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Phylogeny From the Tree of the Life Website, University of Arizona Orangutan GorillaChimpanzee Human

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DNA Sequence Evolution AAGACTT TGGACTTAAGGCCT -3 mil yrs -2 mil yrs -1 mil yrs today AGGGCATTAGCCCTAGCACTT AAGGCCTTGGACTT TAGCCCATAGACTTAGCGCTTAGCACAAAGGGCAT TAGCCCTAGCACTT AAGACTT TGGACTTAAGGCCT AGGGCATTAGCCCTAGCACTT AAGGCCTTGGACTT AGCGCTTAGCACAATAGACTTTAGCCCAAGGGCAT

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Molecular Systematics TAGCCCATAGACTTTGCACAATGCGCTTAGGGCAT UVWXY U VW X Y

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Computational challenges for Assembling the Tree of Life 8 million species for the Tree of Life -- cannot currently analyze more than a few hundred (and even this can take years) We need new methods for inferring large phylogenies - hard optimization problems! We need new software for visualizing large trees We need new database technology Not all phylogenies are trees, so we need methods for inferring phylogenetic networks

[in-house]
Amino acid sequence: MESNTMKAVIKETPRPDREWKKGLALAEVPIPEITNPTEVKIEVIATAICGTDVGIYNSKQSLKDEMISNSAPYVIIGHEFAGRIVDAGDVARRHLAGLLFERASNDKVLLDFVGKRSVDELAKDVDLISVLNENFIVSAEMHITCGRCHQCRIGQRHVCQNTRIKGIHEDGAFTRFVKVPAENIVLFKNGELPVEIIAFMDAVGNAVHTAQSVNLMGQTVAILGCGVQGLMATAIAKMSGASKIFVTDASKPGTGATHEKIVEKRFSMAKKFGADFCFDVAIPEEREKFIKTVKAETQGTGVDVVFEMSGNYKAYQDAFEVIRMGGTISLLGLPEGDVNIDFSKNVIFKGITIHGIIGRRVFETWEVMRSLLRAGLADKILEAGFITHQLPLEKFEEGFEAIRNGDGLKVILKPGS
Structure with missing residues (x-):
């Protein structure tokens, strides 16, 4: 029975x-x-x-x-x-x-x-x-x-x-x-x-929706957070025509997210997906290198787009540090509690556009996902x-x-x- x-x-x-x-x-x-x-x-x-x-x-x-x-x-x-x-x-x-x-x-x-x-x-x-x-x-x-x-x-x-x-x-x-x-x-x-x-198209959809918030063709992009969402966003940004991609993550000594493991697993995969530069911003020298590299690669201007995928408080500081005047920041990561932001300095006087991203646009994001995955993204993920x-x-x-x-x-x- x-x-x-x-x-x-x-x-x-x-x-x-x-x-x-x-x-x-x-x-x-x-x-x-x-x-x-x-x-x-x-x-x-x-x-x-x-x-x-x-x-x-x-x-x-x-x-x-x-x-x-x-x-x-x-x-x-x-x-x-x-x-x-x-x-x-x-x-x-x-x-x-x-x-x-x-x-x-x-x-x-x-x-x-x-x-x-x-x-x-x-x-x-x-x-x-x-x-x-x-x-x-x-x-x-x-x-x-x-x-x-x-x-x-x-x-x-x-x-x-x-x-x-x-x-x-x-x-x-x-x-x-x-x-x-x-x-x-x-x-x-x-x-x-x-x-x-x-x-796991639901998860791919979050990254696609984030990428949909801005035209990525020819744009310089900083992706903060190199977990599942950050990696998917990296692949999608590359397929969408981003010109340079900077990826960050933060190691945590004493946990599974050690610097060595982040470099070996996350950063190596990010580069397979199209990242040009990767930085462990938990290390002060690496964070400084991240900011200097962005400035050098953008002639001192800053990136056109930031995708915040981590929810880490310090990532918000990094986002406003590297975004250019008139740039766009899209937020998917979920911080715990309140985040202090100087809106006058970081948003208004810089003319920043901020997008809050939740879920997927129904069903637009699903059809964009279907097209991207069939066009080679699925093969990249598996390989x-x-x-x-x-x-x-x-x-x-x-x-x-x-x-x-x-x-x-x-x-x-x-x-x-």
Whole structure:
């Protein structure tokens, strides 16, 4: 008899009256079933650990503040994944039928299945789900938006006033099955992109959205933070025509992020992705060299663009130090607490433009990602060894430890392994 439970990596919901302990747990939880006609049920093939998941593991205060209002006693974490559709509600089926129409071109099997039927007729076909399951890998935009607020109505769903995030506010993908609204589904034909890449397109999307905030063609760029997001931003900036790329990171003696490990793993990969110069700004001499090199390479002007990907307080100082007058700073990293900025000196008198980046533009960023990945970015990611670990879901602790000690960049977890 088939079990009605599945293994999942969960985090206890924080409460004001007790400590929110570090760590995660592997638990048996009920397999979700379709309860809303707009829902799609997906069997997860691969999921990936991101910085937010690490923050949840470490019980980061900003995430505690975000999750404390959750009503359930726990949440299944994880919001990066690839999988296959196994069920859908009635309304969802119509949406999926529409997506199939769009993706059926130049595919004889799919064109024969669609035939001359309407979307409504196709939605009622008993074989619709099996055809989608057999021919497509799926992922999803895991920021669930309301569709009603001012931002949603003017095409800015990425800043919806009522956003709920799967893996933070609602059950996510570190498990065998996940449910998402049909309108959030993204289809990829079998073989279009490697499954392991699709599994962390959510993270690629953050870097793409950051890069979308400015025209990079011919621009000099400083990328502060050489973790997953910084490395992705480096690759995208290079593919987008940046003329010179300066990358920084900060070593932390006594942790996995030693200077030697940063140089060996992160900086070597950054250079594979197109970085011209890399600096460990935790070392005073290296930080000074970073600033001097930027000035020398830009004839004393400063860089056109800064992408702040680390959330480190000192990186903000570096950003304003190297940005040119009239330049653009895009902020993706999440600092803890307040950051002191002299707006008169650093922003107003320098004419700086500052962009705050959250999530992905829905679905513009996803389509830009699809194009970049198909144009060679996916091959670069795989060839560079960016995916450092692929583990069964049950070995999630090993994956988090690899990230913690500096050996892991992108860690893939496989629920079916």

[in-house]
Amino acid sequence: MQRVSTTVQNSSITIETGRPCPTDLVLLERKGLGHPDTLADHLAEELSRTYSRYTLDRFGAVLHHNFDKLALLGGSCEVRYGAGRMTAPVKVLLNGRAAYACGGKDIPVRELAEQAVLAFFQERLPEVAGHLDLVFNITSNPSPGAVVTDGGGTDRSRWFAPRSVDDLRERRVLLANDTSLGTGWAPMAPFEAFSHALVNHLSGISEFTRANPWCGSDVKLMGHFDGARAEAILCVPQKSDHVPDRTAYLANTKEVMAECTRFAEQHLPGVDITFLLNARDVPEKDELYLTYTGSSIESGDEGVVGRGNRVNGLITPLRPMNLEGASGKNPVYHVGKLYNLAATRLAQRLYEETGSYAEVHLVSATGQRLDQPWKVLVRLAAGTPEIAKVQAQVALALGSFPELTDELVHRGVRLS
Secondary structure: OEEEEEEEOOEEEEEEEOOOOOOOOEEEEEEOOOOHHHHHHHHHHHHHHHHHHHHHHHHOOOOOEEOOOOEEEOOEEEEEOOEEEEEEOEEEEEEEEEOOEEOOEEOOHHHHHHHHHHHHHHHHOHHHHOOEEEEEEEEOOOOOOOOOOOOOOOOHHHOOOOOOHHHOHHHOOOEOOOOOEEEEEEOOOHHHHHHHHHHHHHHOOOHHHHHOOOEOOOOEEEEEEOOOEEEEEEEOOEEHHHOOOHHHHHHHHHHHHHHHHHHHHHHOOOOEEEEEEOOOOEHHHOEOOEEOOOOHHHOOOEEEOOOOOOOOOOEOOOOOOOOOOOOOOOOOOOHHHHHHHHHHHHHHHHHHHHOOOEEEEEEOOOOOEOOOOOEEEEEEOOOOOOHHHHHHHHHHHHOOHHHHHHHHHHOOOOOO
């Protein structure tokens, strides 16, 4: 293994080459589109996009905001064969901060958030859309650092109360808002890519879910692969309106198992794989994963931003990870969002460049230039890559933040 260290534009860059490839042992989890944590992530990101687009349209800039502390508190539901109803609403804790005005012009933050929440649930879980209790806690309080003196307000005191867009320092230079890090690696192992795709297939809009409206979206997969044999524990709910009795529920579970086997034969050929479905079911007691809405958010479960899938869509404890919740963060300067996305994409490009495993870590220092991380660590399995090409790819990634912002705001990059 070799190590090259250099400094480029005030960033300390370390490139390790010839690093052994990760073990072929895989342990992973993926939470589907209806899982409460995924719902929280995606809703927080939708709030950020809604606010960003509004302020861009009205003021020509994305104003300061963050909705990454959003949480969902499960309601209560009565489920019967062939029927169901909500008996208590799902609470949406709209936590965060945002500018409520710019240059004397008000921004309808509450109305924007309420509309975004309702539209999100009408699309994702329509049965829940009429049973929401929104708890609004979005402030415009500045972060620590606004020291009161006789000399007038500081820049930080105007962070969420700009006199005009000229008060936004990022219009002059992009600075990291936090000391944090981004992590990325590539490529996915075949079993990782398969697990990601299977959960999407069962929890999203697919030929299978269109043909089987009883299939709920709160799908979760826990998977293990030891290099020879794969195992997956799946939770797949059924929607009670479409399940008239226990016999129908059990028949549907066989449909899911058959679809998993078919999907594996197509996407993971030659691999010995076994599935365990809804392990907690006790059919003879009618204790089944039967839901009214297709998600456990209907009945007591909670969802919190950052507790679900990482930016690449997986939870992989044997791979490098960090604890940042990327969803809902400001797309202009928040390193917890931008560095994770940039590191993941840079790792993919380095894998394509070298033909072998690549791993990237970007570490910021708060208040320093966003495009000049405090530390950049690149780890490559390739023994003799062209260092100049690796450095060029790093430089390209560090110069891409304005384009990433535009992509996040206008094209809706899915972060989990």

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Time is a bottleneck for MP and ML Phylogenetic trees MP score Global optimum Local optimum Systematists tend to prefer trees with the optimal maximum parsimony score or optimal maximum likelihood score; however, both problems are hard to solve (Our experimental studies show that polynomial time methods do not do as well as MP or ML heuristics, when trees are big and have high rates of evolution)

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MP/ML heuristics Time MP score of best trees Performance of hill-climbing heuristic Fake study

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DCM-boosting Speeding up MP/ML heuristics Time MP score of best trees Performance of hill-climbing heuristic Desired Performance Fake study